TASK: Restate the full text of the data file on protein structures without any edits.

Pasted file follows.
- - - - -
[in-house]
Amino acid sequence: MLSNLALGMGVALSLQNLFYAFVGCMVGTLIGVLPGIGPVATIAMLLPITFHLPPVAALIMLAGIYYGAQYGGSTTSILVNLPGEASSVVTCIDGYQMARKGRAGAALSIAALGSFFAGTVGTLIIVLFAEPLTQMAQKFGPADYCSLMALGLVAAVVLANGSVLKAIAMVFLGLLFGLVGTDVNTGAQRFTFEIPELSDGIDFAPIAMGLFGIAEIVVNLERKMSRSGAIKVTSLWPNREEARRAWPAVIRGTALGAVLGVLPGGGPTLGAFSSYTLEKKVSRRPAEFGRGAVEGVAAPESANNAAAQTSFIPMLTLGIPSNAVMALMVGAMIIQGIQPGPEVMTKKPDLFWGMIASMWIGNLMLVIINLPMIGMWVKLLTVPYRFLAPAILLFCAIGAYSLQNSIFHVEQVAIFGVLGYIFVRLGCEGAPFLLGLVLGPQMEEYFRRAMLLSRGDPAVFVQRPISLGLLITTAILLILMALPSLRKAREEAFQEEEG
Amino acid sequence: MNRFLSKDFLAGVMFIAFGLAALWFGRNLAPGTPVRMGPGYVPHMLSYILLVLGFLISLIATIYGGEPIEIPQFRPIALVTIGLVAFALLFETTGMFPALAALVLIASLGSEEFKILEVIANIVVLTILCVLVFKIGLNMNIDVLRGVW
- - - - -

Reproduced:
[in-house]
Amino acid sequence: MLSNLALGMGVALSLQNLFYAFVGCMVGTLIGVLPGIGPVATIAMLLPITFHLPPVAALIMLAGIYYGAQYGGSTTSILVNLPGEASSVVTCIDGYQMARKGRAGAALSIAALGSFFAGTVGTLIIVLFAEPLTQMAQKFGPADYCSLMALGLVAAVVLANGSVLKAIAMVFLGLLFGLVGTDVNTGAQRFTFEIPELSDGIDFAPIAMGLFGIAEIVVNLERKMSRSGAIKVTSLWPNREEARRAWPAVIRGTALGAVLGVLPGGGPTLGAFSSYTLEKKVSRRPAEFGRGAVEGVAAPESANNAAAQTSFIPMLTLGIPSNAVMALMVGAMIIQGIQPGPEVMTKKPDLFWGMIASMWIGNLMLVIINLPMIGMWVKLLTVPYRFLAPAILLFCAIGAYSLQNSIFHVEQVAIFGVLGYIFVRLGCEGAPFLLGLVLGPQMEEYFRRAMLLSRGDPAVFVQRPISLGLLITTAILLILMALPSLRKAREEAFQEEEG
Amino acid sequence: MNRFLSKDFLAGVMFIAFGLAALWFGRNLAPGTPVRMGPGYVPHMLSYILLVLGFLISLIATIYGGEPIEIPQFRPIALVTIGLVAFALLFETTGMFPALAALVLIASLGSEEFKILEVIANIVVLTILCVLVFKIGLNMNIDVLRGVW